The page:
Posts Tagged ‘Awlaki’
Intelwire recently published a fascinating link chart: Anwar al-Awlaki’s “social network.” I hope they permit my reposting the image here:
This chart is meant to catalog “Awlaki’s current social and inspirational connections to terrorism,” as part of an effort to “illustrate some of his reach and influence.” It is revelatory for several reasons: for one, it shows that Awlaki is something of a hub, but not a node for terrorist activity (in the sense of he seems to connect to loners more than networks for action). For another, he’s just not very good at planning terrorist attacks (which makes it so puzzling that Janet Napolitano would sound the alarm over AQAP, of which Awlaki is middle management).
This chart, however, is also limiting in many ways. This is, in part, because of the assumptions behind it—it doesn’t help us understand who influences or inspires Awlaki himself, for example. Anwar al-Awlaki is more than just a terrorist, he is a person operating in an environment native to his family. Nasser al-Awlaki, Anwar’s father, has been begging the media to stop “demonizing” his son. It is an understandable thing for a parent to not want to believe the worst about his child; but does this make Nasser an accessory to Anwar’s terrorism?
Obviously it does not. But if Anwar’s own father has a hard time publicly condemning his son for terrorism, what of the rest of the Awlaki tribe? What of the communities the Awlaki’s call home? If they are not constraining Anwar’s terrorist activities, should they be included in his social network of aspirational terror ties? What if they’re encouraging Anwar’s militancy, since people in Shabwa tend to vehemently oppose the government in Sanaa?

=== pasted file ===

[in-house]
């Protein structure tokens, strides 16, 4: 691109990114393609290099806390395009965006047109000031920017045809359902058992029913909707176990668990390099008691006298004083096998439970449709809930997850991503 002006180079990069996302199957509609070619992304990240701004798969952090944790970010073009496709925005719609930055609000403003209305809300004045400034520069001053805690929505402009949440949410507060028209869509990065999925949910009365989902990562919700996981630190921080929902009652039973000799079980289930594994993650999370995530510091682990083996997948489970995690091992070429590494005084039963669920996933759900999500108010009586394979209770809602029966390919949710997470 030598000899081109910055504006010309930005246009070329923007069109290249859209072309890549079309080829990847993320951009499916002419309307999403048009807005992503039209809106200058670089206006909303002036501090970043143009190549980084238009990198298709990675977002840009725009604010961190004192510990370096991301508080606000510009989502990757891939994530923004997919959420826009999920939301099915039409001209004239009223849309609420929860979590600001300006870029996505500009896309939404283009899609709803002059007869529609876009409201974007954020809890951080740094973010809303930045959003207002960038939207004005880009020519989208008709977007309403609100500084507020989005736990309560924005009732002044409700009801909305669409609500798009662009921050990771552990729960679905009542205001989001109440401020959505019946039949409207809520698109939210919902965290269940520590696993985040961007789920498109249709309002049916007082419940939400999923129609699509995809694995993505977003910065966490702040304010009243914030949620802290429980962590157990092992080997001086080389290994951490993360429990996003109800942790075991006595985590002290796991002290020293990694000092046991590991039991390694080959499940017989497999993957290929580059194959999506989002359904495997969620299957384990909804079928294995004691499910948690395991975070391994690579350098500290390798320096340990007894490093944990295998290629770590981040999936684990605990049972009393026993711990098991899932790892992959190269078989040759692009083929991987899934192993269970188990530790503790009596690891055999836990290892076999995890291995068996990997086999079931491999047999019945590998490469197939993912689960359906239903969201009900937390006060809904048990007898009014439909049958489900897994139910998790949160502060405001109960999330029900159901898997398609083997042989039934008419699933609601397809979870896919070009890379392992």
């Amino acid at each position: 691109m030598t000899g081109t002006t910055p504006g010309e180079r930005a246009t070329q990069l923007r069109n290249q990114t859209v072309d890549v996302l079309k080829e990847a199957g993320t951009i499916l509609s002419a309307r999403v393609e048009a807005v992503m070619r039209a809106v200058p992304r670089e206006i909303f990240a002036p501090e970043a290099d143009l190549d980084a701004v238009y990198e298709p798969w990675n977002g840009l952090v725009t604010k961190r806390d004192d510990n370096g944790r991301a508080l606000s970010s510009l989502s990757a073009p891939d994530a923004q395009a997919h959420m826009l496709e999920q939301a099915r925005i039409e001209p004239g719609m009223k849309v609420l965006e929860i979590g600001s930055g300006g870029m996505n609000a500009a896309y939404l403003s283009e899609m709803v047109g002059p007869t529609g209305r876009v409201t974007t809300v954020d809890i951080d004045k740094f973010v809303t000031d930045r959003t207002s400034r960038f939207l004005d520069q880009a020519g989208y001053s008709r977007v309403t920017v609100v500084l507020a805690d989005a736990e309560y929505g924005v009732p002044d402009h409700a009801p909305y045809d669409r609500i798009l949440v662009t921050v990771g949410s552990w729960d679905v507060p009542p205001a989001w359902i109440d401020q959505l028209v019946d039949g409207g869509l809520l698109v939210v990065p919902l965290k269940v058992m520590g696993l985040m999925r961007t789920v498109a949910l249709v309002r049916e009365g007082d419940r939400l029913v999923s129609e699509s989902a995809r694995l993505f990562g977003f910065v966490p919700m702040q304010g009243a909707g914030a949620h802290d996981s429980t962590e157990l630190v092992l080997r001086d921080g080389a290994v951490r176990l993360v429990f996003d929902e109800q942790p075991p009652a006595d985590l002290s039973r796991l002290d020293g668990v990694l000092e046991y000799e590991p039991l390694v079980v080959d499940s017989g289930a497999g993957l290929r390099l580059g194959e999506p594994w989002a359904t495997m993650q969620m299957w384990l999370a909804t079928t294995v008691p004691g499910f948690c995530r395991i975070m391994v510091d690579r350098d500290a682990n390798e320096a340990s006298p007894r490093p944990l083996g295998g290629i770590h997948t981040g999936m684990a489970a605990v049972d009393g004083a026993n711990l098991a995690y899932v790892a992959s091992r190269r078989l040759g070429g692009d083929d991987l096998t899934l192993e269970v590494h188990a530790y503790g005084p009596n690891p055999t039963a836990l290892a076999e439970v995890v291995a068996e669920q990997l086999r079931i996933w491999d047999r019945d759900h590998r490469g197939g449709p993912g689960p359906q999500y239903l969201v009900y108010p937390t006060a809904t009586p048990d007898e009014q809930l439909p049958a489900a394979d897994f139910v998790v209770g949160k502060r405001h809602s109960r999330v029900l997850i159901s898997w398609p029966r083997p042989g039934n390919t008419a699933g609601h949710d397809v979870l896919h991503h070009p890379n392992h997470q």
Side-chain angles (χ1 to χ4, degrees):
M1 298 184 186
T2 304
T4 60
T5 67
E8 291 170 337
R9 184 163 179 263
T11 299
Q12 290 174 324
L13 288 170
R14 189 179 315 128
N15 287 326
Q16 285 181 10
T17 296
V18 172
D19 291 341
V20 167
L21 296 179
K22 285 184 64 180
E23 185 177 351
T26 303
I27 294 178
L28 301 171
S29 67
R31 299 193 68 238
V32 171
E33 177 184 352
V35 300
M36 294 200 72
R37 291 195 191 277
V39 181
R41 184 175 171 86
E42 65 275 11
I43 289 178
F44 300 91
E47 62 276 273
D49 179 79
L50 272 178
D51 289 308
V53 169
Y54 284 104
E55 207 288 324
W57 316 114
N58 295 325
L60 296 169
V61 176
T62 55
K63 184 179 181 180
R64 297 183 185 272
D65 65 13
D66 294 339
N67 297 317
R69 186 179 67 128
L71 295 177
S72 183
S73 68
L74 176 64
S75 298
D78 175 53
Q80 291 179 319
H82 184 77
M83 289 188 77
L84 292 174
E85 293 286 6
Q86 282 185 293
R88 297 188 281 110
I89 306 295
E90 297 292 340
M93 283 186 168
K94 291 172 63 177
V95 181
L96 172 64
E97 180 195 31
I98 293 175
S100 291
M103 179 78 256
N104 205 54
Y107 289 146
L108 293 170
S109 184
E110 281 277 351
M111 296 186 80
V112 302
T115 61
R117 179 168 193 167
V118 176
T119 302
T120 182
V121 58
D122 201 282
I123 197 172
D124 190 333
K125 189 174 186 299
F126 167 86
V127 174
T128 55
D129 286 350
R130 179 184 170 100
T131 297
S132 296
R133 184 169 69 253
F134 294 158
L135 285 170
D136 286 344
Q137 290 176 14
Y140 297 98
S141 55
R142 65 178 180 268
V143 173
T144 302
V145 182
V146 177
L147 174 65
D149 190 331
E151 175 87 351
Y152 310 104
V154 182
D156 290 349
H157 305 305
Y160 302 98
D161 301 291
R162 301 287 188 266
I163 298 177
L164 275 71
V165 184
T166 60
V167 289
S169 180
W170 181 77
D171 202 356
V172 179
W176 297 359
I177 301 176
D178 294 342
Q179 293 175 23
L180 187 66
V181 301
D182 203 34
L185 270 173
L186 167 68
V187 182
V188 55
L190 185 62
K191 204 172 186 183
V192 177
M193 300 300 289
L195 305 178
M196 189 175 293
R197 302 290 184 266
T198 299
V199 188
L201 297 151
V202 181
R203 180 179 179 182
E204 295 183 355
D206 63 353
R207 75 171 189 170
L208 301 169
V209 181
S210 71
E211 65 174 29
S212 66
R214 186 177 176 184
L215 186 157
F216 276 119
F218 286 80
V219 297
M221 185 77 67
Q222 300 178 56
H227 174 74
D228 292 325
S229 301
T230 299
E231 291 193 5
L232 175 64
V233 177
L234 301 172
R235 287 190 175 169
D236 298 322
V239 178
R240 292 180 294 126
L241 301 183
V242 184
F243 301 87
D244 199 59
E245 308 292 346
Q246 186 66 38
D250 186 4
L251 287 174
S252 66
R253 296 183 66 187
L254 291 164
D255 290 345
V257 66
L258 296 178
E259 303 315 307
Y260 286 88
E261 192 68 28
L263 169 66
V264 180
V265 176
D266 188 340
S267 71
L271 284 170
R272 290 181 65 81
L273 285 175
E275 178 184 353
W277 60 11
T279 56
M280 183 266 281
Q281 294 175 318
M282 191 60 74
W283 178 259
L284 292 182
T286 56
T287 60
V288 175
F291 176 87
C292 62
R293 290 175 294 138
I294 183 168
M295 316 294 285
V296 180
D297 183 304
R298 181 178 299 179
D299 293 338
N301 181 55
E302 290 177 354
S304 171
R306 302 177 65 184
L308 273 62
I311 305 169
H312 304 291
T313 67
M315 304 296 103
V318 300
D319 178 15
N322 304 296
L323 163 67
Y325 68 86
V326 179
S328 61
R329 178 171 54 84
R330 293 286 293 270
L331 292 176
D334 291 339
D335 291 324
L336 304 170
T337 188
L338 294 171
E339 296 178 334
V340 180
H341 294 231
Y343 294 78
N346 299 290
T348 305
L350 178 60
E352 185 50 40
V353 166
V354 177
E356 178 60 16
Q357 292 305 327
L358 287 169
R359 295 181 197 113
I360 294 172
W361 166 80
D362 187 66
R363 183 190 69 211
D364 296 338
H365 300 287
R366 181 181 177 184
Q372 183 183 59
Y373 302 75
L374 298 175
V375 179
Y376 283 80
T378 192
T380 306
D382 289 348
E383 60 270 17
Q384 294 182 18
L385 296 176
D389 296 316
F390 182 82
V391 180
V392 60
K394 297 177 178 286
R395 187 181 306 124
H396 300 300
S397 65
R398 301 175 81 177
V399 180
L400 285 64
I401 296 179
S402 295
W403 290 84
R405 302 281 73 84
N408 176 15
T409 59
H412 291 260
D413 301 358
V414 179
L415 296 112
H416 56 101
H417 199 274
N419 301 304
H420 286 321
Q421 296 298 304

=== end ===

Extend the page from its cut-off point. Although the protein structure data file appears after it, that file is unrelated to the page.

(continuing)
These are the sorts of expansive questions one must ask when building a network of a single figure’s ties, influences, and targets. Anwar al-Awlaki is not a single figure, standing astride a vast network of eager empty-vessel recruits awaiting radicalization and instructions. He is the product of a system, an environment of factors that inspire, shape, and just as importantly constrain his rhetoric and activities. We in the U.S. have no idea what those really are: we don’t know who his closest friends are, we don’t know what his family tells him in person, we don’t know who either inspires or discourages him in conversation and in his reading and research.
In other words, we lack information that is critical to understanding his exact motivations and capabilities and intent. Yet, for some reason, we feel very comfortable assigning him tremendous importance and blame in both regional and global terrorist circles… based on little more than after-the-fact dot connecting that may or may not reveal useful information about his ties and activities. Until we close that gap, and start researching the relevant social and environmental factors that shape Awlaki’s decision-making process (and thus, by extension, AQAPs), we will continue to grasp in the dark, not knowing what will come next.